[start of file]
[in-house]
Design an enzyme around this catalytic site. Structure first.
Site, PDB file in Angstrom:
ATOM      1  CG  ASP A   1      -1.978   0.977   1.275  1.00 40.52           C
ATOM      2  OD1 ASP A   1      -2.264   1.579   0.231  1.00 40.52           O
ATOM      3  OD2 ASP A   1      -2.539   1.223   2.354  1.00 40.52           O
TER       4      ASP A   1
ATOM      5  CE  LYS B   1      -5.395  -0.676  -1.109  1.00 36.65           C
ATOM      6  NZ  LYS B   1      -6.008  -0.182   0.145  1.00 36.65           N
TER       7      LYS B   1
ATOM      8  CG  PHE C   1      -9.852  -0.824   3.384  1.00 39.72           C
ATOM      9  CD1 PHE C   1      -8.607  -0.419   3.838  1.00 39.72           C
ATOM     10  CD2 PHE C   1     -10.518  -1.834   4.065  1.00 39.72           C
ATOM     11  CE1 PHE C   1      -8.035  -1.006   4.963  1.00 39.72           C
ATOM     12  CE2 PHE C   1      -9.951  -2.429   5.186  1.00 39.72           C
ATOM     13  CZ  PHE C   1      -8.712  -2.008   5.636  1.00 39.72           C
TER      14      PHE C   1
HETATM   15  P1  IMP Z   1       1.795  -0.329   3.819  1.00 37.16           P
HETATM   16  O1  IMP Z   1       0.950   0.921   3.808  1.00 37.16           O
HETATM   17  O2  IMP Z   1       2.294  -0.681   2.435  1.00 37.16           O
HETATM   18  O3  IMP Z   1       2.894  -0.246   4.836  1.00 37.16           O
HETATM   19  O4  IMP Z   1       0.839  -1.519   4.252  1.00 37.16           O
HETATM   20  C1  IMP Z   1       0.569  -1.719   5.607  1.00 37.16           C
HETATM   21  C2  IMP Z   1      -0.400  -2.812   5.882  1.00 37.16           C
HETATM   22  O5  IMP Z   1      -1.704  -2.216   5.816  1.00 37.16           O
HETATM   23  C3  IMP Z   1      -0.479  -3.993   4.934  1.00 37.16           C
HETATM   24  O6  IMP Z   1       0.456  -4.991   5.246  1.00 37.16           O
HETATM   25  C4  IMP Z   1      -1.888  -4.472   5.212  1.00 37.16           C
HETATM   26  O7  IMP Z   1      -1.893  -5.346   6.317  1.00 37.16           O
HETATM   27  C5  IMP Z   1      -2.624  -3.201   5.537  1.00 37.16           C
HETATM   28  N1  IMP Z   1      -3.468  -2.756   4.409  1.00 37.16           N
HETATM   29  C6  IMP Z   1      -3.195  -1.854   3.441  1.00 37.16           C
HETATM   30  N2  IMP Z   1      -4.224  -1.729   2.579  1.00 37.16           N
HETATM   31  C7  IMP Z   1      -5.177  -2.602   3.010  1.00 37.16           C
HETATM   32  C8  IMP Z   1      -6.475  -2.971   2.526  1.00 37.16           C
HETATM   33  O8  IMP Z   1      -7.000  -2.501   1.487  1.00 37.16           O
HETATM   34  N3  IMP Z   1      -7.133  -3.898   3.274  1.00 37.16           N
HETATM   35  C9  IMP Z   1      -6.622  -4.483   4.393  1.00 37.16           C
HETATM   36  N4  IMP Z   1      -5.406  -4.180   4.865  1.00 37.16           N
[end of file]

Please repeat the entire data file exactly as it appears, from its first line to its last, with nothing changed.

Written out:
[in-house]
Design an enzyme around this catalytic site. Structure first.
Site, PDB file in Angstrom:
ATOM      1  CG  ASP A   1      -1.978   0.977   1.275  1.00 40.52           C
ATOM      2  OD1 ASP A   1      -2.264   1.579   0.231  1.00 40.52           O
ATOM      3  OD2 ASP A   1      -2.539   1.223   2.354  1.00 40.52           O
TER       4      ASP A   1
ATOM      5  CE  LYS B   1      -5.395  -0.676  -1.109  1.00 36.65           C
ATOM      6  NZ  LYS B   1      -6.008  -0.182   0.145  1.00 36.65           N
TER       7      LYS B   1
ATOM      8  CG  PHE C   1      -9.852  -0.824   3.384  1.00 39.72           C
ATOM      9  CD1 PHE C   1      -8.607  -0.419   3.838  1.00 39.72           C
ATOM     10  CD2 PHE C   1     -10.518  -1.834   4.065  1.00 39.72           C
ATOM     11  CE1 PHE C   1      -8.035  -1.006   4.963  1.00 39.72           C
ATOM     12  CE2 PHE C   1      -9.951  -2.429   5.186  1.00 39.72           C
ATOM     13  CZ  PHE C   1      -8.712  -2.008   5.636  1.00 39.72           C
TER      14      PHE C   1
HETATM   15  P1  IMP Z   1       1.795  -0.329   3.819  1.00 37.16           P
HETATM   16  O1  IMP Z   1       0.950   0.921   3.808  1.00 37.16           O
HETATM   17  O2  IMP Z   1       2.294  -0.681   2.435  1.00 37.16           O
HETATM   18  O3  IMP Z   1       2.894  -0.246   4.836  1.00 37.16           O
HETATM   19  O4  IMP Z   1       0.839  -1.519   4.252  1.00 37.16           O
HETATM   20  C1  IMP Z   1       0.569  -1.719   5.607  1.00 37.16           C
HETATM   21  C2  IMP Z   1      -0.400  -2.812   5.882  1.00 37.16           C
HETATM   22  O5  IMP Z   1      -1.704  -2.216   5.816  1.00 37.16           O
HETATM   23  C3  IMP Z   1      -0.479  -3.993   4.934  1.00 37.16           C
HETATM   24  O6  IMP Z   1       0.456  -4.991   5.246  1.00 37.16           O
HETATM   25  C4  IMP Z   1      -1.888  -4.472   5.212  1.00 37.16           C
HETATM   26  O7  IMP Z   1      -1.893  -5.346   6.317  1.00 37.16           O
HETATM   27  C5  IMP Z   1      -2.624  -3.201   5.537  1.00 37.16           C
HETATM   28  N1  IMP Z   1      -3.468  -2.756   4.409  1.00 37.16           N
HETATM   29  C6  IMP Z   1      -3.195  -1.854   3.441  1.00 37.16           C
HETATM   30  N2  IMP Z   1      -4.224  -1.729   2.579  1.00 37.16           N
HETATM   31  C7  IMP Z   1      -5.177  -2.602   3.010  1.00 37.16           C
HETATM   32  C8  IMP Z   1      -6.475  -2.971   2.526  1.00 37.16           C
HETATM   33  O8  IMP Z   1      -7.000  -2.501   1.487  1.00 37.16           O
HETATM   34  N3  IMP Z   1      -7.133  -3.898   3.274  1.00 37.16           N
HETATM   35  C9  IMP Z   1      -6.622  -4.483   4.393  1.00 37.16           C
HETATM   36  N4  IMP Z   1      -5.406  -4.180   4.865  1.00 37.16           N